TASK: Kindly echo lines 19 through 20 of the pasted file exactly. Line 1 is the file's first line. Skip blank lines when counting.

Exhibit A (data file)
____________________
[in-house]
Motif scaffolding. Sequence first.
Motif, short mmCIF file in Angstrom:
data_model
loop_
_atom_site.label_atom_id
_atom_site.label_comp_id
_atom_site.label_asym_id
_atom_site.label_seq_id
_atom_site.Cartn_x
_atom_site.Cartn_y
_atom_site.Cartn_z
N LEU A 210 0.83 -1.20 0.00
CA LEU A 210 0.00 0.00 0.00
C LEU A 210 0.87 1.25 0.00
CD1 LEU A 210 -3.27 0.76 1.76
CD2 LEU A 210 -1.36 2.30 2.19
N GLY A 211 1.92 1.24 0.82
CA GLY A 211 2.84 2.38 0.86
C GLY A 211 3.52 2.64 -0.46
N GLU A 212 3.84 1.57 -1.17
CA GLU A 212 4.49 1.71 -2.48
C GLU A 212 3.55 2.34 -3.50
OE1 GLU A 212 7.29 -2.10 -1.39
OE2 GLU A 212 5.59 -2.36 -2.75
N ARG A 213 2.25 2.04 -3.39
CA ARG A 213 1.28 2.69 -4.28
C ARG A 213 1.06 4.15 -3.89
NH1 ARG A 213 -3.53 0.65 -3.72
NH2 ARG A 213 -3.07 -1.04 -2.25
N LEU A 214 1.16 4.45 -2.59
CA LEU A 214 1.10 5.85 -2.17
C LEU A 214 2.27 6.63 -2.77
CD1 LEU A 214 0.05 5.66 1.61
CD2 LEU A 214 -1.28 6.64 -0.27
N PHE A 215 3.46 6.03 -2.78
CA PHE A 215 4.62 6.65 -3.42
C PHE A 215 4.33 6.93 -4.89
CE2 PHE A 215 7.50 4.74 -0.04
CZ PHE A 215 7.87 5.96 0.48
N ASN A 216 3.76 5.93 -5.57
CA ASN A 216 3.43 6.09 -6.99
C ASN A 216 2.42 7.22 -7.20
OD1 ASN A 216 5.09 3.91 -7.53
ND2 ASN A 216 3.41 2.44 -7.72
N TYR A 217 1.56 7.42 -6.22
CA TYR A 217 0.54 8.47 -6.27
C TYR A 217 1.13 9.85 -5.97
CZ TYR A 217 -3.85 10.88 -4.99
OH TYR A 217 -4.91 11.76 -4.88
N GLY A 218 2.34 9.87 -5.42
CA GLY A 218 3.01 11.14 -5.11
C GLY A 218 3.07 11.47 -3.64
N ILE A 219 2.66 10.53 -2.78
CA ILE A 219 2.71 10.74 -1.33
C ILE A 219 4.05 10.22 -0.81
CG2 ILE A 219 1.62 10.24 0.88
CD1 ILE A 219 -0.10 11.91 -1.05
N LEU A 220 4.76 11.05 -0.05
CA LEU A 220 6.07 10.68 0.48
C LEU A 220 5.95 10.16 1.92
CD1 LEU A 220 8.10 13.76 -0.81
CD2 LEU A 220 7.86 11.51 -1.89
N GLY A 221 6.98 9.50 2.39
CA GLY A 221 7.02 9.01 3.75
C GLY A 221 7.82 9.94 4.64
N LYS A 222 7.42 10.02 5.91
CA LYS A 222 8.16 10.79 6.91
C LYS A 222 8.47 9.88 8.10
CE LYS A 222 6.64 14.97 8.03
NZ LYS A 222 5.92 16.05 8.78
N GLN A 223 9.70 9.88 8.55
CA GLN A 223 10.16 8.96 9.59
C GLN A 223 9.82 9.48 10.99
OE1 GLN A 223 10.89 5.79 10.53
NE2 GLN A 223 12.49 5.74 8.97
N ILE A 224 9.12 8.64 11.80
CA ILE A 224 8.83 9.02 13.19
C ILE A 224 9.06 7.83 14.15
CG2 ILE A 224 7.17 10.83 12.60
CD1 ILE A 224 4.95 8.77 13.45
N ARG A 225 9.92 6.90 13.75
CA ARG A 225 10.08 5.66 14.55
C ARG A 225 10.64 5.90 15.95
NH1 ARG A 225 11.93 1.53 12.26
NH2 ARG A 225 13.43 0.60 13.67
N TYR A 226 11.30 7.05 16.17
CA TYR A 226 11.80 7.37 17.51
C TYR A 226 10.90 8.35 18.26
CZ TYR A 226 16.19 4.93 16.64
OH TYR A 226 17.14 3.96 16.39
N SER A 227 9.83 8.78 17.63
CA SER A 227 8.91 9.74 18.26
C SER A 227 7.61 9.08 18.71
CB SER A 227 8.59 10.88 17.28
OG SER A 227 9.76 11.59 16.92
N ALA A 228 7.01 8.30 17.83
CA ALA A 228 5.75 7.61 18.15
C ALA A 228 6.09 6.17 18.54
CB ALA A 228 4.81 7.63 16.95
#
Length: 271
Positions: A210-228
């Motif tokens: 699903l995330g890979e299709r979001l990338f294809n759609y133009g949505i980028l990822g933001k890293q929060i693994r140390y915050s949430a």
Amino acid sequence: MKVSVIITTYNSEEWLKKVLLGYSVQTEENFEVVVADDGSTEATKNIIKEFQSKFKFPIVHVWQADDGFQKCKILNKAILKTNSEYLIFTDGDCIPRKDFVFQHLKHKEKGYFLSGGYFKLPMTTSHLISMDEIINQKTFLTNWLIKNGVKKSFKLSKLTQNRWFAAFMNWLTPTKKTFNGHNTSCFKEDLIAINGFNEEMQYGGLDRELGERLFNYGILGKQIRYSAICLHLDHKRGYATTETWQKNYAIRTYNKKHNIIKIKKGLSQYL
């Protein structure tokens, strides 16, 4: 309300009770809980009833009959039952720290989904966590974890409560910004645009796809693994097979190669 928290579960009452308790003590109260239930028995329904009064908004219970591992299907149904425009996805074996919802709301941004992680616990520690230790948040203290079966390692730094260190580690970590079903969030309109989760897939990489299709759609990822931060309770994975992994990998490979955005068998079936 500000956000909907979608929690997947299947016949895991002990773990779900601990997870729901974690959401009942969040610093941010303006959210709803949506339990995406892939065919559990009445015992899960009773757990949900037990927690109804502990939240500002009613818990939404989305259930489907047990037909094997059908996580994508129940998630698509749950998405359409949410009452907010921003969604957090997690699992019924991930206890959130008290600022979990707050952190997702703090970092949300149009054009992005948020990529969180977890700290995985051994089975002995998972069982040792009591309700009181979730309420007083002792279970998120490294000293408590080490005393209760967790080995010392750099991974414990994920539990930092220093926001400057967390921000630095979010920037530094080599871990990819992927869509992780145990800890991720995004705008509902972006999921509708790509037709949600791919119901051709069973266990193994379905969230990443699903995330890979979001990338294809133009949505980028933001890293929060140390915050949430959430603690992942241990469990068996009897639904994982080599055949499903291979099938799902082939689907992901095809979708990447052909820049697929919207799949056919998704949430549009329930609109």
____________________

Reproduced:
CA GLY A 211 2.84 2.38 0.86
C GLY A 211 3.52 2.64 -0.46